Following the rule to not throw it out just yet, about 30 volunteers "fixers" devoted their time on Saturday to help Islanders with broken items, including appliances, clothes, computers and violins.
"Too often we throw away things if [they don't] work perfectly, but it might just be a simple fix," said Jessica Brown, sustainability outreach coordinator with the City of Charlottetown and an organizer for the Fix It Fair at the Murphy Community Centre.
"So, that is really how this whole idea came about."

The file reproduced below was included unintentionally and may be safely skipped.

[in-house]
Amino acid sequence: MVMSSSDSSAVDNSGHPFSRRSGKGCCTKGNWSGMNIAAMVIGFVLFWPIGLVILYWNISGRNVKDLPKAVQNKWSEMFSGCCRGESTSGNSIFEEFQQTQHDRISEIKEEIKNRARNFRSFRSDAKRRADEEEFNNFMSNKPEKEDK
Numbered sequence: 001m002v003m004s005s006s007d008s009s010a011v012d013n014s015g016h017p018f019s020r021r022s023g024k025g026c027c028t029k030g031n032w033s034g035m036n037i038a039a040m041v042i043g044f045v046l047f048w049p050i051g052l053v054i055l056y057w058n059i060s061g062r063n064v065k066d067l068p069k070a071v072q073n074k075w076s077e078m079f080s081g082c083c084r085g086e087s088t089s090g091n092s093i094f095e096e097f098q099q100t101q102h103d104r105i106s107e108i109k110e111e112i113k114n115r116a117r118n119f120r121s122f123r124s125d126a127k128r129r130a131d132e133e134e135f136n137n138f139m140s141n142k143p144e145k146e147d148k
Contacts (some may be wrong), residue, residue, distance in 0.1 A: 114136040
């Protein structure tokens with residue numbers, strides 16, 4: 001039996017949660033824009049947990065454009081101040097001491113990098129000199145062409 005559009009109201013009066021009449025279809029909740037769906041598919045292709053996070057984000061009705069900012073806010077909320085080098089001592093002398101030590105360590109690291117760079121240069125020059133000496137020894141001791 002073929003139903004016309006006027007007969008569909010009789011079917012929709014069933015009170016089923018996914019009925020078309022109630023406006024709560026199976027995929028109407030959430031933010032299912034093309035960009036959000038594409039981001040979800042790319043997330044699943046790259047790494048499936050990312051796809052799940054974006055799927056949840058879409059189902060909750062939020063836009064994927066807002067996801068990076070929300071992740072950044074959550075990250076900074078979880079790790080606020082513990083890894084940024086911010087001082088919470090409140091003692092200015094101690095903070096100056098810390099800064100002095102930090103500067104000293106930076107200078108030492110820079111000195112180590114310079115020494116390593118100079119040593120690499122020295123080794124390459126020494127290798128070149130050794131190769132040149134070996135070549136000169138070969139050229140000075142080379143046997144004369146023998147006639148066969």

Irwin Campbell, one of the fixers, helped repair a record player, CD player and clock radio.
"It's not just broken stuff being fixed, but fixers working with other fixers, learning new ways on how to get the job done," he said.
Campbell, now retired, was in the repair business for several years.
He noted that older items are more repairable compared to newer items, which are "made to throw away." He said it's better for the environment and landfills if something is fixed rather than thrown away.
One of the people who brought in a broken item was Teresa Murphy. Her audio speaker that connects to her iPod makes a spark when she plugs it in.
"I really didn't want to throw it out. It has a wonderful sound. So, we're working on it and we'll see what happens. There is some optimism we can get it fixed," she said.
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